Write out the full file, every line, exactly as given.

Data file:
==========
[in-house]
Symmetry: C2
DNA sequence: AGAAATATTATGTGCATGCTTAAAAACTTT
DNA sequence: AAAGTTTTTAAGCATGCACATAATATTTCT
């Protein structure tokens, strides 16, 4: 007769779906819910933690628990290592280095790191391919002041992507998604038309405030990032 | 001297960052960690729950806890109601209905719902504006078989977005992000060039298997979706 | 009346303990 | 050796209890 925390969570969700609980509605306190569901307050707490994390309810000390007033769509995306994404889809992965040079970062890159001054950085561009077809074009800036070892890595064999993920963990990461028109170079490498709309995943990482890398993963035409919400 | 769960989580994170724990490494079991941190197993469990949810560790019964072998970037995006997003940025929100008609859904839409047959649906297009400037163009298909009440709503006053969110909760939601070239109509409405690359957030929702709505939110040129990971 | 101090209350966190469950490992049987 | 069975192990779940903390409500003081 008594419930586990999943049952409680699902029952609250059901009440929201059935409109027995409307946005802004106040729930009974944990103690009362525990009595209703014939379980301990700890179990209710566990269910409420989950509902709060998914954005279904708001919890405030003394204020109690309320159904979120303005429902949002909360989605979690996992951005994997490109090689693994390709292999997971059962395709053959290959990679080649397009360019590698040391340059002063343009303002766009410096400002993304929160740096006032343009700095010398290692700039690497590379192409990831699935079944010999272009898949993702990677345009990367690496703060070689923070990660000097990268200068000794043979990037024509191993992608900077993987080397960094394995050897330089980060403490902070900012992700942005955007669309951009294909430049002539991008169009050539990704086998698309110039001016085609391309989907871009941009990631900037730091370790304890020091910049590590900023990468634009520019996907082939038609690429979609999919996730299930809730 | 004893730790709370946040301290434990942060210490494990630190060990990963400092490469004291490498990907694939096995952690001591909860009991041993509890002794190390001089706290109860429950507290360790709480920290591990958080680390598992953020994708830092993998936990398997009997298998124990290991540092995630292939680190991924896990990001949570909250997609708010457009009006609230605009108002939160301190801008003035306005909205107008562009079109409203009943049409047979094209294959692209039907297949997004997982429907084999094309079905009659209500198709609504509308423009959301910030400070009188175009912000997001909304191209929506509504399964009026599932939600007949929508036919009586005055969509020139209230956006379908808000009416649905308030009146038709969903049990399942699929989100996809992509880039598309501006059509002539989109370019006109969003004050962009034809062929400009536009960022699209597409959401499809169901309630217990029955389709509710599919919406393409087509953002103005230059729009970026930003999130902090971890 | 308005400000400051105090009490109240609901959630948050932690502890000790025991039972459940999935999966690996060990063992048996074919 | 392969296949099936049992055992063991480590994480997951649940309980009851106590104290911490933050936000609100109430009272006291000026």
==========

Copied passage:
[in-house]
Symmetry: C2
DNA sequence: AGAAATATTATGTGCATGCTTAAAAACTTT
DNA sequence: AAAGTTTTTAAGCATGCACATAATATTTCT
């Protein structure tokens, strides 16, 4: 007769779906819910933690628990290592280095790191391919002041992507998604038309405030990032 | 001297960052960690729950806890109601209905719902504006078989977005992000060039298997979706 | 009346303990 | 050796209890 925390969570969700609980509605306190569901307050707490994390309810000390007033769509995306994404889809992965040079970062890159001054950085561009077809074009800036070892890595064999993920963990990461028109170079490498709309995943990482890398993963035409919400 | 769960989580994170724990490494079991941190197993469990949810560790019964072998970037995006997003940025929100008609859904839409047959649906297009400037163009298909009440709503006053969110909760939601070239109509409405690359957030929702709505939110040129990971 | 101090209350966190469950490992049987 | 069975192990779940903390409500003081 008594419930586990999943049952409680699902029952609250059901009440929201059935409109027995409307946005802004106040729930009974944990103690009362525990009595209703014939379980301990700890179990209710566990269910409420989950509902709060998914954005279904708001919890405030003394204020109690309320159904979120303005429902949002909360989605979690996992951005994997490109090689693994390709292999997971059962395709053959290959990679080649397009360019590698040391340059002063343009303002766009410096400002993304929160740096006032343009700095010398290692700039690497590379192409990831699935079944010999272009898949993702990677345009990367690496703060070689923070990660000097990268200068000794043979990037024509191993992608900077993987080397960094394995050897330089980060403490902070900012992700942005955007669309951009294909430049002539991008169009050539990704086998698309110039001016085609391309989907871009941009990631900037730091370790304890020091910049590590900023990468634009520019996907082939038609690429979609999919996730299930809730 | 004893730790709370946040301290434990942060210490494990630190060990990963400092490469004291490498990907694939096995952690001591909860009991041993509890002794190390001089706290109860429950507290360790709480920290591990958080680390598992953020994708830092993998936990398997009997298998124990290991540092995630292939680190991924896990990001949570909250997609708010457009009006609230605009108002939160301190801008003035306005909205107008562009079109409203009943049409047979094209294959692209039907297949997004997982429907084999094309079905009659209500198709609504509308423009959301910030400070009188175009912000997001909304191209929506509504399964009026599932939600007949929508036919009586005055969509020139209230956006379908808000009416649905308030009146038709969903049990399942699929989100996809992509880039598309501006059509002539989109370019006109969003004050962009034809062929400009536009960022699209597409959401499809169901309630217990029955389709509710599919919406393409087509953002103005230059729009970026930003999130902090971890 | 308005400000400051105090009490109240609901959630948050932690502890000790025991039972459940999935999966690996060990063992048996074919 | 392969296949099936049992055992063991480590994480997951649940309980009851106590104290911490933050936000609100109430009272006291000026």